In today’s tech-savvy world, it’s hard to imagine a time when people didn’t carry around an always-on device that could access the internet whenever they needed it. In fact, “always-on” has become such a key part of modern life that many people can’t even remember how annoying it was before mobile phones and Wi-Fi became ubiquitous. But what if there were another way? What if we could take all of those algorithms and data processing out of centralized servers and put them on edge devices near us instead? That’s exactly what edge computing is: moving cloud computing to the edge of our networks so that we can process more locally, faster than ever before!
What is edge computing?
Edge computing is a new way of delivering applications and services. It’s a way of processing data closer to the source, which can reduce latency (the time it takes for a message to be sent from one place to another). This is an alternative to cloud computing, where all your information is stored in one central location that you access from any device.
Edge computing allows you to store your data closer to where it’s needed–on devices themselves or within close proximity–so that users get faster response times when accessing information from their smartphones or smart homes.
It’s also becoming increasingly important because there are more devices connected online than ever before: by 2020 there will be over 50 billion internet-connected devices worldwide!
How does edge computing work?
Edge computing is a distributed computing model in which the cloud is at the center of the network and edge devices are at its periphery. The edge can be any device or group of devices–from a single sensor to millions of mobile phones–and it’s where data processing, analysis and storage occur.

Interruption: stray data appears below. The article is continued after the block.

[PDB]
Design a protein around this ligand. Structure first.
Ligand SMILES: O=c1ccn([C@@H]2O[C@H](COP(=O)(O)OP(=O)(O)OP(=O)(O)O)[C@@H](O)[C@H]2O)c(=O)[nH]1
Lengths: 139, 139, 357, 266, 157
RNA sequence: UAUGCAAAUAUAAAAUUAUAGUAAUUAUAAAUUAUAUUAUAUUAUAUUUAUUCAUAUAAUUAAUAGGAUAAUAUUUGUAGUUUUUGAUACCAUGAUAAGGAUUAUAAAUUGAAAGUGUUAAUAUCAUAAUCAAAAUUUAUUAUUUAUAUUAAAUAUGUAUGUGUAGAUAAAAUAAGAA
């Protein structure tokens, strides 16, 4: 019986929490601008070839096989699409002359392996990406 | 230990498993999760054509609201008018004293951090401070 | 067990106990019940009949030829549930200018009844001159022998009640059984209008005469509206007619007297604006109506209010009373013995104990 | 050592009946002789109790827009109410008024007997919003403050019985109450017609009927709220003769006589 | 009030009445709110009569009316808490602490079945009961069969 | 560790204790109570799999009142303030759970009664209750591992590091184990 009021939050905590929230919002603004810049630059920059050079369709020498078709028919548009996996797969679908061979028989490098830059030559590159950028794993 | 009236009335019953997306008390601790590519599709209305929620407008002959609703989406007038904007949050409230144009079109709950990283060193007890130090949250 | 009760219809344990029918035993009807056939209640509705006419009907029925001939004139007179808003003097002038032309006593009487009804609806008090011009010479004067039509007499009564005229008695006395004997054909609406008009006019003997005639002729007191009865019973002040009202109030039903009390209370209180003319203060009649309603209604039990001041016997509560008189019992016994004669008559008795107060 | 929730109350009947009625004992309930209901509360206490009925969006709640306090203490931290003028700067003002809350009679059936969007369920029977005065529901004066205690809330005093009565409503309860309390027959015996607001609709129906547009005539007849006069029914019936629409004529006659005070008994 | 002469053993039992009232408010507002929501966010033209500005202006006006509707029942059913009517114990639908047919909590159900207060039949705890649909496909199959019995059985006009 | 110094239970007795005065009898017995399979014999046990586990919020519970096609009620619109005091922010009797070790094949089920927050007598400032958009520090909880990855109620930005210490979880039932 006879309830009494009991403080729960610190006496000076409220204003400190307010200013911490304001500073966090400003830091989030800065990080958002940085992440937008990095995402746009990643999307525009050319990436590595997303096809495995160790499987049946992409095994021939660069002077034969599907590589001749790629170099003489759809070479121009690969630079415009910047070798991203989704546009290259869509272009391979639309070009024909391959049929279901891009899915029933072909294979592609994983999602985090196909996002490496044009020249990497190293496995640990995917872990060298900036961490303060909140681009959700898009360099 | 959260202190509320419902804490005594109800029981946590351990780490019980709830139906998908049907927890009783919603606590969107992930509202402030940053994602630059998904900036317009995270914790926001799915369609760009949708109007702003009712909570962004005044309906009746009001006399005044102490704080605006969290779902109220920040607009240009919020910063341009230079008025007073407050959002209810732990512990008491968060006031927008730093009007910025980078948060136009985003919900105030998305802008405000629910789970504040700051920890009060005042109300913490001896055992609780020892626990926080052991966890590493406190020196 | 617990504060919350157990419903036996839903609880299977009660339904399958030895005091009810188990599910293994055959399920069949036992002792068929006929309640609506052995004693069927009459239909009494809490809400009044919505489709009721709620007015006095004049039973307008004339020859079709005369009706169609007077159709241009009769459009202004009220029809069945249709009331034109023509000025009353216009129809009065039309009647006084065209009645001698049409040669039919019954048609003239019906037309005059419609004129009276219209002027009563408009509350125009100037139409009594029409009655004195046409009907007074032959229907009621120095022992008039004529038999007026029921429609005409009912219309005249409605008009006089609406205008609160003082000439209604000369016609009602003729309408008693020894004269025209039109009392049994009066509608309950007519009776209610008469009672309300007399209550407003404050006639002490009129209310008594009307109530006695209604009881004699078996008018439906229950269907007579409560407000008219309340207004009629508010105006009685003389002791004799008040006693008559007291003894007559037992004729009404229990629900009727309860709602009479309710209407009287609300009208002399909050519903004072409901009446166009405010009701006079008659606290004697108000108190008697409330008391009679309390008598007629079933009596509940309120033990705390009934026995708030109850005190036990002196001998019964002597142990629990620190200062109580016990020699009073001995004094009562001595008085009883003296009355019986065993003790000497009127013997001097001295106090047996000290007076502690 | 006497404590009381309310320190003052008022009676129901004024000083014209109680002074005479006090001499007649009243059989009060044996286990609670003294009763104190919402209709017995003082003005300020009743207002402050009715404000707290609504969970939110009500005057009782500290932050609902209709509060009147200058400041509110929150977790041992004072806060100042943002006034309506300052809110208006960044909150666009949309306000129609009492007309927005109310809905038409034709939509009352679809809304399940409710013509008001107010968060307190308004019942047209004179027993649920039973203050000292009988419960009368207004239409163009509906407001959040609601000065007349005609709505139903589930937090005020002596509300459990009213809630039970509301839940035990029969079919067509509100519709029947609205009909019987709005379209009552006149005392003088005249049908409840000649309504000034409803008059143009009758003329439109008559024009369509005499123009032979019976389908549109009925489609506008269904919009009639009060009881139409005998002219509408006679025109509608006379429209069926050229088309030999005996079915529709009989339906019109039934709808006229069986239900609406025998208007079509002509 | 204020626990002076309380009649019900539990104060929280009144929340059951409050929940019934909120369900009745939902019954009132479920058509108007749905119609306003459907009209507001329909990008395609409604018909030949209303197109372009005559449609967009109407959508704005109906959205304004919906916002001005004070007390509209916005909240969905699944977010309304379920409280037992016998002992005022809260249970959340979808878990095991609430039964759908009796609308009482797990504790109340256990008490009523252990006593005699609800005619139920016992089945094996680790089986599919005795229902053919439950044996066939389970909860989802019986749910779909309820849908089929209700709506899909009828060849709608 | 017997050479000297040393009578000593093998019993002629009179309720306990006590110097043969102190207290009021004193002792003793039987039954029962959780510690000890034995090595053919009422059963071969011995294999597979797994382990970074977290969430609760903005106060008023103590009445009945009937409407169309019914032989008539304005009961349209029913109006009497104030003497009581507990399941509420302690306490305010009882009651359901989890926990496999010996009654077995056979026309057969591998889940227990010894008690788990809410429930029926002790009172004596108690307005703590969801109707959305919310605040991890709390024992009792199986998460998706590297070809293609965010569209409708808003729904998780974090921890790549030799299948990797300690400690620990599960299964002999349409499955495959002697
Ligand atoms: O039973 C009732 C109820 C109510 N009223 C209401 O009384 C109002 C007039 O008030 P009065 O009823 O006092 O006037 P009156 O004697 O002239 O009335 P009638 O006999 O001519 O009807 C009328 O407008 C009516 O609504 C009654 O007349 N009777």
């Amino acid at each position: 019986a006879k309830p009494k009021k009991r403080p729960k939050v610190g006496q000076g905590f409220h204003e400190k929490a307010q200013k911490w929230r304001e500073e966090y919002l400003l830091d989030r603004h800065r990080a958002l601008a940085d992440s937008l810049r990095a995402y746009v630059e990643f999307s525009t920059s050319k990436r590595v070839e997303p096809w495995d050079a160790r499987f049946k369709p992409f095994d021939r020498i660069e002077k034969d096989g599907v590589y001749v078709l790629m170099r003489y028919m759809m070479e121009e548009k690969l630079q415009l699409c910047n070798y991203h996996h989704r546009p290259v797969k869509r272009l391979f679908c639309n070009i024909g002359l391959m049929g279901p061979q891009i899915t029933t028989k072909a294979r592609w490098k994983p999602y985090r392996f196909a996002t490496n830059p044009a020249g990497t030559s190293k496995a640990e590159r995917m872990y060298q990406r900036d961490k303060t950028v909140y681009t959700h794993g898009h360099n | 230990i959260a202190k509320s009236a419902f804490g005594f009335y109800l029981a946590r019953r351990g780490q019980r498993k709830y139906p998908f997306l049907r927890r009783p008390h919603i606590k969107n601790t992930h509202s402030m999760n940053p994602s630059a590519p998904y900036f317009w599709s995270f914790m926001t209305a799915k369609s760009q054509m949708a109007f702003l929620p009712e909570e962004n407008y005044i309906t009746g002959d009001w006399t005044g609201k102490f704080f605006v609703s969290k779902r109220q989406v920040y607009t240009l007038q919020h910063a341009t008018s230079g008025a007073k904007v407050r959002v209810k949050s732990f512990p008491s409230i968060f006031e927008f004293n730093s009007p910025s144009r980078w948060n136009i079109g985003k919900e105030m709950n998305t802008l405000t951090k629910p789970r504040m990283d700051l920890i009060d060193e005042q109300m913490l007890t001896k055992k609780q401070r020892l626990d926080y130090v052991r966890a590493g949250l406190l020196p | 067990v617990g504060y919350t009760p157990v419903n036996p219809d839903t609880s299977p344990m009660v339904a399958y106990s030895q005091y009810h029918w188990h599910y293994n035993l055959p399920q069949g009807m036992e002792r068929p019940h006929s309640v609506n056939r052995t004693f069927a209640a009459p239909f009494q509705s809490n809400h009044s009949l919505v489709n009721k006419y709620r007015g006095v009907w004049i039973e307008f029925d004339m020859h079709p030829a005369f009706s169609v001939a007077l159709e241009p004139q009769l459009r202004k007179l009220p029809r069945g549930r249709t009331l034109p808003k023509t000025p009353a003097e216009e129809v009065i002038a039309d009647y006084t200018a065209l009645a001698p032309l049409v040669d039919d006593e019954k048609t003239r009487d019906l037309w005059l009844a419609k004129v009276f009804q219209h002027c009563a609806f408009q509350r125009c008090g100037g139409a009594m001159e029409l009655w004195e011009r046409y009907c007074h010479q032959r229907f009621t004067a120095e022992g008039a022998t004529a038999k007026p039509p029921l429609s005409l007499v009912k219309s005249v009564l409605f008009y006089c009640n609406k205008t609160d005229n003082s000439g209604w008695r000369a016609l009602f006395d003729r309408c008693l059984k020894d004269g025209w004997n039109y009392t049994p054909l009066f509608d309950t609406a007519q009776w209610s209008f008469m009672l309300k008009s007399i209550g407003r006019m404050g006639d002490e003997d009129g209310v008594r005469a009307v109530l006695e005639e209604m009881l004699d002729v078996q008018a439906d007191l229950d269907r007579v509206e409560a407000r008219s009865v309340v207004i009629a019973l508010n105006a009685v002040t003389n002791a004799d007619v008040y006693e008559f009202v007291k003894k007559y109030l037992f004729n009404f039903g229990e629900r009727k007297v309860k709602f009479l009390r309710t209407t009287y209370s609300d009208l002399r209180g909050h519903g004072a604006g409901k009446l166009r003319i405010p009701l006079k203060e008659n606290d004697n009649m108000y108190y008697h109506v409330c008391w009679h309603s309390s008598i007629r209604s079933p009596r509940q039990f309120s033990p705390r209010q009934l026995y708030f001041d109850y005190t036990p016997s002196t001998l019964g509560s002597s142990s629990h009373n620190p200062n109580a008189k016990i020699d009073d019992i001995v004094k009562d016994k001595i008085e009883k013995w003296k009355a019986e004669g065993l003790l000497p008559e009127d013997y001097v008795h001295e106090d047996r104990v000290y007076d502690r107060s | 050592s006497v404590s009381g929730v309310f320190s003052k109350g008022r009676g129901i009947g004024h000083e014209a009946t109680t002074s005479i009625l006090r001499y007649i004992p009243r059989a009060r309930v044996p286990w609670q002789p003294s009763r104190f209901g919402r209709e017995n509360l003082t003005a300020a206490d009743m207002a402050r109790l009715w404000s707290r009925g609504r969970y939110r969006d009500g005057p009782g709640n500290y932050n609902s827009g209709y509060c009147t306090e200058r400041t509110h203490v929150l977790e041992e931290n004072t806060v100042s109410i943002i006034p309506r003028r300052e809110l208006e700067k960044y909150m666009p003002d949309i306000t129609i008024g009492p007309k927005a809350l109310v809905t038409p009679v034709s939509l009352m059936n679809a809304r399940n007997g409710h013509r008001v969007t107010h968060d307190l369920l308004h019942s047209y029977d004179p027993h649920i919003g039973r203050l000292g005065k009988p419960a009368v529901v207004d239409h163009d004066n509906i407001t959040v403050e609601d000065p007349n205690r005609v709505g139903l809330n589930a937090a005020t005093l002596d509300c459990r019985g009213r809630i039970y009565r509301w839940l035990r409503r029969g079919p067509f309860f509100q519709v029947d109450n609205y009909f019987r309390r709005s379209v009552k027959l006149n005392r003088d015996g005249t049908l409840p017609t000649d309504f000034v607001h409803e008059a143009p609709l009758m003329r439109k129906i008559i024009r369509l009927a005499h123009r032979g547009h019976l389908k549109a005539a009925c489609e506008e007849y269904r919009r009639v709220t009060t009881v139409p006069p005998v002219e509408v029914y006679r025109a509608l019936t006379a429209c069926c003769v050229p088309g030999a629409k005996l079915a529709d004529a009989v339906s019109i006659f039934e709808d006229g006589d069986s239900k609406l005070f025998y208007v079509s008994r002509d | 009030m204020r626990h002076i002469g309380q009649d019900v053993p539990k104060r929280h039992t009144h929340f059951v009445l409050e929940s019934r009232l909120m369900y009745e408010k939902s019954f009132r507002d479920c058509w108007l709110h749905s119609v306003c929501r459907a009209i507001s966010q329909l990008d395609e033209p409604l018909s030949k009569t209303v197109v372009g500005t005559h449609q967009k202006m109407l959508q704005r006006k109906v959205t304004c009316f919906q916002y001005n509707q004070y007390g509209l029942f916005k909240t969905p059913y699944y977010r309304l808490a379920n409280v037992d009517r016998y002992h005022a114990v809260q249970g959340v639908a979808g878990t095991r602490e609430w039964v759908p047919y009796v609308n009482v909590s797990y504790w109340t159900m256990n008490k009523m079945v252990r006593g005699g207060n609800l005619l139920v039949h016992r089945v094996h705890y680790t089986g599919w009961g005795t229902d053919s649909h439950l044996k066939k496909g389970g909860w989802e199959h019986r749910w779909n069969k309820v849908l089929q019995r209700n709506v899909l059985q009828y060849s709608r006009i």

Edge computing allows companies to analyze real-time information right where it comes from rather than sending everything back to headquarters for processing. This means you can get answers faster than ever before!
Where is edge computing used?
Edge computing is used in a wide range of industries, including manufacturing and healthcare. It’s also used in smart cities, connected vehicles and smart homes.
In the Internet of Things (IoT), edge devices send data back to the cloud when they’re not able to store it locally or process it themselves. This can happen when there aren’t enough resources available on-site–for example if an industrial robot is busy making something–or when bandwidth limitations make it impossible for large amounts of information to be sent over long distances at once.
Benefits of edge computing
When you use edge computing, your application has more resources to work with. This means it can perform better and run faster while reducing latency, network traffic and cost. Edge computing also improves security by allowing you to keep sensitive data in the cloud where it’s safer than being transmitted over an unsecured network connection.
Edge computing brings the cloud closer to you.
Edge computing is a distributed computing model that brings cloud services closer to the end user. It’s used to reduce latency and improve security, as well as improve resiliency in case of failure.
Edge computing refers to processing data on or near the edge of a network (or “fog”), rather than sending it all back to a centralized location like a data center or cloud service provider. You can think of it as bringing your cloud services closer to you–for example, if you’re using an online calculator app on your phone but need help with trigonometry problems at school, edge computing would allow that app access directly from its own servers without having them pass through someone else’s first (which might slow down their response time).
The future is bright for edge computing, and we’re excited to see where it goes. As you’ve seen in this article, the technology has a wide range of applications and benefits that make it an attractive option for companies looking to improve their operations and customer experiences.